She was the most beautiful ship ever to set sail, the biggest and best ever built by man. Her designers had full confidence she’d withstand virtually anything the ocean could dish out. But less than five days into her maiden voyage, she sank to the bottom of the Atlantic roughly two hours after hitting an iceberg. What happened on that cold, dark night in April, 1912? The Cunard Line had launched two new ships in 1907 – the Lusitania and the Mauritania – able to cross the ocean in a record five days. J. Bruce Ismay, director of the White Star Line, planned to build three bigger and more luxurious ships to compete for Cunard’s business – the Olympic, the Titanic, and the Gigantic.
Building the Oceanic and Titanic side-by-side in Belfast, Ireland
The Olympic’s maiden voyage to New York was in June, 1911, and Bruce Ismay couldn’t wait to sail on the even bigger Titanic the following April. Belfast shipbuilders Harland and Wolff, led by designer Thomas Andrews, had never claimed the Titanic would be unsinkable. But word reached the press about her double-bottomed hull and 16 watertight compartments. The ship would be able to stay afloat with any two middle compartments, or four of the first compartments, flooded. Everyone thought even the worst collision couldn’t damage more than two compartments, so advertisers boasted of the ship's ‘unsinkability’ well before her maiden voyage.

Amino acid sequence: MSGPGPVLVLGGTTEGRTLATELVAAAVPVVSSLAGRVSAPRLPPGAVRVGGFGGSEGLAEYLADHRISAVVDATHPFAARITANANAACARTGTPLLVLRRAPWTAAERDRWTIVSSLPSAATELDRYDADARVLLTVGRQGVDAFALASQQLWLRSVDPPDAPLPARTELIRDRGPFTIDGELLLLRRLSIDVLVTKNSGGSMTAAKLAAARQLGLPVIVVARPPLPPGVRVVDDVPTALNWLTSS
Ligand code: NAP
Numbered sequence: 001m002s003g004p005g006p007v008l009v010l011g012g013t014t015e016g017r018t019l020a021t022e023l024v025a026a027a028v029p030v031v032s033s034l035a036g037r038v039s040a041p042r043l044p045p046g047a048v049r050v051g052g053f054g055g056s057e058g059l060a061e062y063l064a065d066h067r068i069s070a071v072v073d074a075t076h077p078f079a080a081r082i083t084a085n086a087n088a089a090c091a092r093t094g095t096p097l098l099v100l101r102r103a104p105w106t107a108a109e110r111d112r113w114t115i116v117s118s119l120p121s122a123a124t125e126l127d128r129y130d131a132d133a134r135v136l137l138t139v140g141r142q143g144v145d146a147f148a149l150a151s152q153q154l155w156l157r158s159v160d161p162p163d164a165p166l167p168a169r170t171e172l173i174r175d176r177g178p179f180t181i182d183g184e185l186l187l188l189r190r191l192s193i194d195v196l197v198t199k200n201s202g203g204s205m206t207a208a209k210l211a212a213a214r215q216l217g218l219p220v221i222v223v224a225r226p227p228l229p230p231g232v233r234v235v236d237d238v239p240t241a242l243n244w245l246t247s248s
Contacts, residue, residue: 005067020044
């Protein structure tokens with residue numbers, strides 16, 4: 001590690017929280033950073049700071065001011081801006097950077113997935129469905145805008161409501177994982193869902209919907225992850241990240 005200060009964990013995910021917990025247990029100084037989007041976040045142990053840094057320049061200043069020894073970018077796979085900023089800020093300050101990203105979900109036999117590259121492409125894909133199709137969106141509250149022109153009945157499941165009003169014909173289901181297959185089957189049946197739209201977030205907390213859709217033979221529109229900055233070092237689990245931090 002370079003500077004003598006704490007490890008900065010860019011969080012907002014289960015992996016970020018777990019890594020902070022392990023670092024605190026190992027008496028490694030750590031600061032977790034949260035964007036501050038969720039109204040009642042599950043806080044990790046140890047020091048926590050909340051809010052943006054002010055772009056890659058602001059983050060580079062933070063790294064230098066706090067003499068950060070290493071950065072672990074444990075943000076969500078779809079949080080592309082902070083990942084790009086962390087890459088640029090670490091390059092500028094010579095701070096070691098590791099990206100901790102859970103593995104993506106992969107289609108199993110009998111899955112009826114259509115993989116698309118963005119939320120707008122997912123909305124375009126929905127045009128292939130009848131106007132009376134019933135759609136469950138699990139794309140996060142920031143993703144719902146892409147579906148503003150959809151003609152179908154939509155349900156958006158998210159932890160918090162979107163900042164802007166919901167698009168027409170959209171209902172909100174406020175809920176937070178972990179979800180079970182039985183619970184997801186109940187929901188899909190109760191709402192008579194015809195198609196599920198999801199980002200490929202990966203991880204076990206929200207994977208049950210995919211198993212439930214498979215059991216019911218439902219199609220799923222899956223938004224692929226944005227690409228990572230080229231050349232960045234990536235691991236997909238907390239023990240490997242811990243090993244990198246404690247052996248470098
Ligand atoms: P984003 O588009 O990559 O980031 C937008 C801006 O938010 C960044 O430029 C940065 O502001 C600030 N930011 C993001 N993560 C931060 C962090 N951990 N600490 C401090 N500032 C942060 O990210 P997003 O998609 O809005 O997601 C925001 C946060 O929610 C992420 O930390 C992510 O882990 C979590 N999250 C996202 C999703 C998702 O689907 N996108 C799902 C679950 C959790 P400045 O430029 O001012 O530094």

J. Bruce Ismay, Director, White Star Line
On the night of April 14, 1912, following iceberg warnings from several ships in the area, a 60-foot iceberg was sighted “dead ahead." First Officer Murdoch ordered the engines stopped, then reversed. Orders followed to turn the ship hard to the left. But it was too late. The ship was still moving at a high rate of speed and collided with the iceberg. It opened six of the sixteen watertight compartments on the starboard (right) side, making it impossible for the Titanic to stay afloat.
Possibly the iceberg that sank the Titanic. Photographed two days earlier in the vicinity, and matching the descriptions of some survivors.
Next week: Why were so many lives lost?